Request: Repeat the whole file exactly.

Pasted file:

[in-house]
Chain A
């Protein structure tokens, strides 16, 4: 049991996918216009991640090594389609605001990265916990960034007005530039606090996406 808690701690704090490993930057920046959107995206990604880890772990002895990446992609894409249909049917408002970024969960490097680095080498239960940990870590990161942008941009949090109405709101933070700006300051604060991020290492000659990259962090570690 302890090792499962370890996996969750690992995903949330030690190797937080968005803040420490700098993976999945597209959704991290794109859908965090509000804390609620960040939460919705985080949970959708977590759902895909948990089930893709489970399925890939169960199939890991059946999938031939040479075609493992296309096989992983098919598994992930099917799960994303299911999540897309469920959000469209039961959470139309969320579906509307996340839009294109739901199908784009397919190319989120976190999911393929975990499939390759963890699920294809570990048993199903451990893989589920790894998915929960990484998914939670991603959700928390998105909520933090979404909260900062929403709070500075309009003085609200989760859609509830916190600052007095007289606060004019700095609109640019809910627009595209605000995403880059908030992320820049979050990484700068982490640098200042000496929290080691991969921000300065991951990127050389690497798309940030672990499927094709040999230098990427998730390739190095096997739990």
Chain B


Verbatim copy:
[in-house]
Chain A
């Protein structure tokens, strides 16, 4: 049991996918216009991640090594389609605001990265916990960034007005530039606090996406 808690701690704090490993930057920046959107995206990604880890772990002895990446992609894409249909049917408002970024969960490097680095080498239960940990870590990161942008941009949090109405709101933070700006300051604060991020290492000659990259962090570690 302890090792499962370890996996969750690992995903949330030690190797937080968005803040420490700098993976999945597209959704991290794109859908965090509000804390609620960040939460919705985080949970959708977590759902895909948990089930893709489970399925890939169960199939890991059946999938031939040479075609493992296309096989992983098919598994992930099917799960994303299911999540897309469920959000469209039961959470139309969320579906509307996340839009294109739901199908784009397919190319989120976190999911393929975990499939390759963890699920294809570990048993199903451990893989589920790894998915929960990484998914939670991603959700928390998105909520933090979404909260900062929403709070500075309009003085609200989760859609509830916190600052007095007289606060004019700095609109640019809910627009595209605000995403880059908030992320820049979050990484700068982490640098200042000496929290080691991969921000300065991951990127050389690497798309940030672990499927094709040999230098990427998730390739190095096997739990």
Chain B